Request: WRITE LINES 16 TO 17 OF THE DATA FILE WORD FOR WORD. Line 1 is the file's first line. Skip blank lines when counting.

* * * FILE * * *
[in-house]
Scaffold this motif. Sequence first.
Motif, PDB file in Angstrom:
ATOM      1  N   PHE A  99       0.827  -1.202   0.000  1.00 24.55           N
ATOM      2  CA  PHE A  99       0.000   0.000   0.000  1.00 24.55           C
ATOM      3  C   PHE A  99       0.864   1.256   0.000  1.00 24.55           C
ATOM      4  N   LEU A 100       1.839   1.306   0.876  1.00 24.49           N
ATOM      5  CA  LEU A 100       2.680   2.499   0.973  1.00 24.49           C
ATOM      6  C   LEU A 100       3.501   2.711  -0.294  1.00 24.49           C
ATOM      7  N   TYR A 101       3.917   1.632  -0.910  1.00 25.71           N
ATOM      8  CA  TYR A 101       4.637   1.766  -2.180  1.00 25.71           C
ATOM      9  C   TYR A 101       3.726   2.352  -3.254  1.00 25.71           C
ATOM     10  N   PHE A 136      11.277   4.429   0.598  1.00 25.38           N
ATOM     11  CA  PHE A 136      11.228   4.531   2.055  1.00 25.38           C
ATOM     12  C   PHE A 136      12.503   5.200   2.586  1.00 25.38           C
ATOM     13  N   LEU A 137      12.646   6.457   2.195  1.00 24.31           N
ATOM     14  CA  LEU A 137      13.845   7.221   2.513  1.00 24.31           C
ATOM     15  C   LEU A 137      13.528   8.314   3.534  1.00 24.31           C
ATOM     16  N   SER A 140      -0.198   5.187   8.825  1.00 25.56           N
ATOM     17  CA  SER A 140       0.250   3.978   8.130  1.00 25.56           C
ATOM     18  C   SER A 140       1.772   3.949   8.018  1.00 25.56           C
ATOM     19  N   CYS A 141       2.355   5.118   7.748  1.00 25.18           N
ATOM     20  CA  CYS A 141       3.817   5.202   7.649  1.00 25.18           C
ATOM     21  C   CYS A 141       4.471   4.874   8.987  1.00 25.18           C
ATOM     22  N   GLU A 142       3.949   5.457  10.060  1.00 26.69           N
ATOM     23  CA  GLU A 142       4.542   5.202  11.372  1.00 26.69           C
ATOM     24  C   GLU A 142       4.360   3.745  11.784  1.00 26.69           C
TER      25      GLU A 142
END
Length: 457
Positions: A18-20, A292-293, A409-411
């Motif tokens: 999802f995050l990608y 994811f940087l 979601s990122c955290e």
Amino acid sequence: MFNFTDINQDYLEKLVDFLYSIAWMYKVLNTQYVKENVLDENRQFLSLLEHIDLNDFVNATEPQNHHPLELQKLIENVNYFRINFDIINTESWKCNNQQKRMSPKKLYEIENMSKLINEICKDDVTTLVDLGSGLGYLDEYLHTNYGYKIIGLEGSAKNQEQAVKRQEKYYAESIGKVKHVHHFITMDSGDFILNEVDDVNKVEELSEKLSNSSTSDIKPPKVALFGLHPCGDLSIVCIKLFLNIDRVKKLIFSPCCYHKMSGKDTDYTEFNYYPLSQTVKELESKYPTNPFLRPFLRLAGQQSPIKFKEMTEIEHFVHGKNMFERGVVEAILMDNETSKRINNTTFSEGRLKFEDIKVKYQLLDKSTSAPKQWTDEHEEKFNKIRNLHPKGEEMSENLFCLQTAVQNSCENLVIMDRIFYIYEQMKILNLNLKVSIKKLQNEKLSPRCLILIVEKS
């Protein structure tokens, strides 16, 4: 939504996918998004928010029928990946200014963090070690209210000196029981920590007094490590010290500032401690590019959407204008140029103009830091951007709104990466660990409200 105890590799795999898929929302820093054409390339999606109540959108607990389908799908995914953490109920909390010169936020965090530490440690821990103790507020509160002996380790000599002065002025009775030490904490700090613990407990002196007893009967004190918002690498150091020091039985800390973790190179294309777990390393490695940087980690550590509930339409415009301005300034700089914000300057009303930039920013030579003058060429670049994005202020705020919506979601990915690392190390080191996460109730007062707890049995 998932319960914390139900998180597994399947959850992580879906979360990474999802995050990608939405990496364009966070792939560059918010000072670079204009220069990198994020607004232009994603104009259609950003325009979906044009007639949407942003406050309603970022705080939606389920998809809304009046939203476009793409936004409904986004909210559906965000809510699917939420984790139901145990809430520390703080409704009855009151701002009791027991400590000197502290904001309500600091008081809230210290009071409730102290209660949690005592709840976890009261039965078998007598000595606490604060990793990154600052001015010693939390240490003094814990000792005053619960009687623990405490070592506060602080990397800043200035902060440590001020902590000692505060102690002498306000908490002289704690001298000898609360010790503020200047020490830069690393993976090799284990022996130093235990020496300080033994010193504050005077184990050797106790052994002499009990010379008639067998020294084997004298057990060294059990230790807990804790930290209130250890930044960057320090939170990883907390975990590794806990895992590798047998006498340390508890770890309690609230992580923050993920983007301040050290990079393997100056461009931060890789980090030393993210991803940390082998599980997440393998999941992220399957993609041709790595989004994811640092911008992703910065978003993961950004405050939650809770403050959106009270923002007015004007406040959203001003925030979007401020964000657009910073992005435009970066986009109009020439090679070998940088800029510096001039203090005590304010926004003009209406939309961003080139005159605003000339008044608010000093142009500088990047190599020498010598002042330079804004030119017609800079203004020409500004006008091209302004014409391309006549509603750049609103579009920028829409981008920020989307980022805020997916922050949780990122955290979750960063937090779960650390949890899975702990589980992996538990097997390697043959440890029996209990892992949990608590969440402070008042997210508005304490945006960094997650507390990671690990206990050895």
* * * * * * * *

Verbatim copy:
ATOM     13  N   LEU A 137      12.646   6.457   2.195  1.00 24.31           N
ATOM     14  CA  LEU A 137      13.845   7.221   2.513  1.00 24.31           C